How does a 3rd party or independent candidate qualify for presidential debate?
General election presidential debates have three requirements to qualify. If a candidate doesn’t meet them, they won’t be on the stage.
To qualify, a candidate must: 1) be Constitutionally eligible to hold the office of President of the United States, 2) appear on a sufficient number of state ballots to have a mathematical chance of winning a majority vote in the Electoral College, and 3) have a level of support of at least 15 percent of the national electorate, as determined by five national public opinion polling organizations, using the average of those organizations’ most recently publicly-reported results at the time of the determination.
These rules are set by the Commission on Presidential Debates, which organizes the events. The Republican and Democratic parties do not have a say. The Commission explained that they want the debates to educate voters, but not act as a springboard for a lesser known candidate.
The commission explained: “It was the CPD’s judgment that the 15 percent threshold best balanced the goal of being sufficiently inclusive to invite those candidates considered to be among the leading candidates, without being so inclusive that invitations would be extended to candidates with only scant public support, thereby jeopardizing the voter education purpose of the debates.”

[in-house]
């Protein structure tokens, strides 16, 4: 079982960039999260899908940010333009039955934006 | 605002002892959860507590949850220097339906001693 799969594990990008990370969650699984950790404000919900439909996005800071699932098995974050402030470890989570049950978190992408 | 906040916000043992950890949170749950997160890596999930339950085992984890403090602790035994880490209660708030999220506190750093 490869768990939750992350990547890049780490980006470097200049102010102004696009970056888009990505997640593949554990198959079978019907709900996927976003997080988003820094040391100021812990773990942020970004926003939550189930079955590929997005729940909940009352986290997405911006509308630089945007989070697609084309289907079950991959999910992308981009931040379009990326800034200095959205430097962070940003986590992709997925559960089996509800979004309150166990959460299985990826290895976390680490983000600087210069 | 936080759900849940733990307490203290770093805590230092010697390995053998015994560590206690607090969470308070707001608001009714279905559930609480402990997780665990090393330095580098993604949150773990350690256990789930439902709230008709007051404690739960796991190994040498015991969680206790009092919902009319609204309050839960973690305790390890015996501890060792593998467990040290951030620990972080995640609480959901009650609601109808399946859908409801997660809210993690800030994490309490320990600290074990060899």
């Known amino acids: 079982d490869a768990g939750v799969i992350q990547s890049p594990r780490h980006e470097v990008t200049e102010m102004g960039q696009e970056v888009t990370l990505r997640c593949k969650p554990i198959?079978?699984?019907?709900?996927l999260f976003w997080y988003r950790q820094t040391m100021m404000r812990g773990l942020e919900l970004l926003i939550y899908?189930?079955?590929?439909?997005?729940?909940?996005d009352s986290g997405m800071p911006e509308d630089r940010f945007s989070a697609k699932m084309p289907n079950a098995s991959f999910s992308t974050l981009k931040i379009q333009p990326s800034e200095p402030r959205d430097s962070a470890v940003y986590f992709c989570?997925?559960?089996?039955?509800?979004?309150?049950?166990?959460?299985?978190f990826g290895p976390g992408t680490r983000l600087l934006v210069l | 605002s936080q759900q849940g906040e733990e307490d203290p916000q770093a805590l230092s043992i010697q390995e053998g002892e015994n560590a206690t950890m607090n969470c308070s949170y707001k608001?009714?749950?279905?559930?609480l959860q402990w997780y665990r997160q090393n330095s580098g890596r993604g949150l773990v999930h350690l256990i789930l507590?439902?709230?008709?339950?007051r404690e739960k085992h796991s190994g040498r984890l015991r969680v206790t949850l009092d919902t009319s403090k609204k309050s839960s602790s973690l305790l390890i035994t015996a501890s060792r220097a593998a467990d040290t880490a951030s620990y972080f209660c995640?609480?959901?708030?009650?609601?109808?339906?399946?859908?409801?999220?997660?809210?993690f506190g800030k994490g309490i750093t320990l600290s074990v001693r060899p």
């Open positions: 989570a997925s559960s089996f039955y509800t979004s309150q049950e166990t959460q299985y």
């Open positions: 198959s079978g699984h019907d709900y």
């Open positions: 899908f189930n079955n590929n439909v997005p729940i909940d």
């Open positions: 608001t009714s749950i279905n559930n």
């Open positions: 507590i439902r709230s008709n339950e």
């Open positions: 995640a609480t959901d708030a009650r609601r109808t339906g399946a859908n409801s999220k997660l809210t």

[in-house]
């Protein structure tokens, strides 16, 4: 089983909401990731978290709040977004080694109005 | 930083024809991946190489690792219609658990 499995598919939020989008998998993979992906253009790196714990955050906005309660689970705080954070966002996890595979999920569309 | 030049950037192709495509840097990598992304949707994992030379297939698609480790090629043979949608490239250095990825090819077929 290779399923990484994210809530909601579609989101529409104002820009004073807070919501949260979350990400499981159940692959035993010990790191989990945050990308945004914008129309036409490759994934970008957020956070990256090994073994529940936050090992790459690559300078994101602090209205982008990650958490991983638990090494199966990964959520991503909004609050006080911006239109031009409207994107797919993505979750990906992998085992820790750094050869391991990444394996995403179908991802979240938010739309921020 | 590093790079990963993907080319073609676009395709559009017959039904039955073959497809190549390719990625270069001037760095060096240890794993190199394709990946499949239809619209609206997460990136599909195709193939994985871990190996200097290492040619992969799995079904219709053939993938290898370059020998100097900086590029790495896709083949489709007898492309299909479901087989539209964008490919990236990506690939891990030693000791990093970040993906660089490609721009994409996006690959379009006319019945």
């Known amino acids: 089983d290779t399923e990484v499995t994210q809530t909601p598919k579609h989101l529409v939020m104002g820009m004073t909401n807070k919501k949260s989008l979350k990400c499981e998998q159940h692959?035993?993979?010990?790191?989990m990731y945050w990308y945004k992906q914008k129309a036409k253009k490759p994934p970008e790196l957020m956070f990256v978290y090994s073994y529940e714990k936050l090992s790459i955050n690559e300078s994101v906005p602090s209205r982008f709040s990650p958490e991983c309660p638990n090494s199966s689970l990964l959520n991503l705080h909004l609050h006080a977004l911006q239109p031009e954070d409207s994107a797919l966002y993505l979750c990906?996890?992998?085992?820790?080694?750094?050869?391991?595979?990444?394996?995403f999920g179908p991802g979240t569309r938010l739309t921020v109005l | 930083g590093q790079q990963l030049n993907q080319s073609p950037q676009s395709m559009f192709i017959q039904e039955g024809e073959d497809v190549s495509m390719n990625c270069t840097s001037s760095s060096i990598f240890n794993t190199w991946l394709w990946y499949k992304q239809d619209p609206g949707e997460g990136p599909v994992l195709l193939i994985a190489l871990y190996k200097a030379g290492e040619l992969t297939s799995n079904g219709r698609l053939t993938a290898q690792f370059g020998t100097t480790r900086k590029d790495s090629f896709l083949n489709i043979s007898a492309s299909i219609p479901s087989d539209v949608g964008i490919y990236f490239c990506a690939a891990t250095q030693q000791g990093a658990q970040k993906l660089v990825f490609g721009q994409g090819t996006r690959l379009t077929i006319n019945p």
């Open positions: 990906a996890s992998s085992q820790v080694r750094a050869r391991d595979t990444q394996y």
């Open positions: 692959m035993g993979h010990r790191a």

The last time an independent candidate participated in a debate was 1992 when businessman Ross Perot joined President George H.W. Bush and Arkansas Governor Bill Clinton.
It could happen again in 2024. There is already one independent candidate in the race Robert F. Kennedy Jr. While he does not currently have five polls showing15 percent support, a Monmouth University poll from December 11 showed 6% of voters would definitely vote for him, while 15% said probably.
Other independent or third party candidates are considering a run, like Senator Joe Manchin. The organization No Labels is working to get on the ballot in all 50 states so it can nominate a candidate.
In 2016, Green Party candidate Jill Stein attempted to participate in the debates. She showed up at the venue the day of for interviews with the press but was escorted off the Hofstra University campus by police. Stein ultimately received about one percent of the vote and was considered a spoiler for Hillary Clinton. This year, candidates said they don’t want to be spoilers, so they’re being more cautious before entering.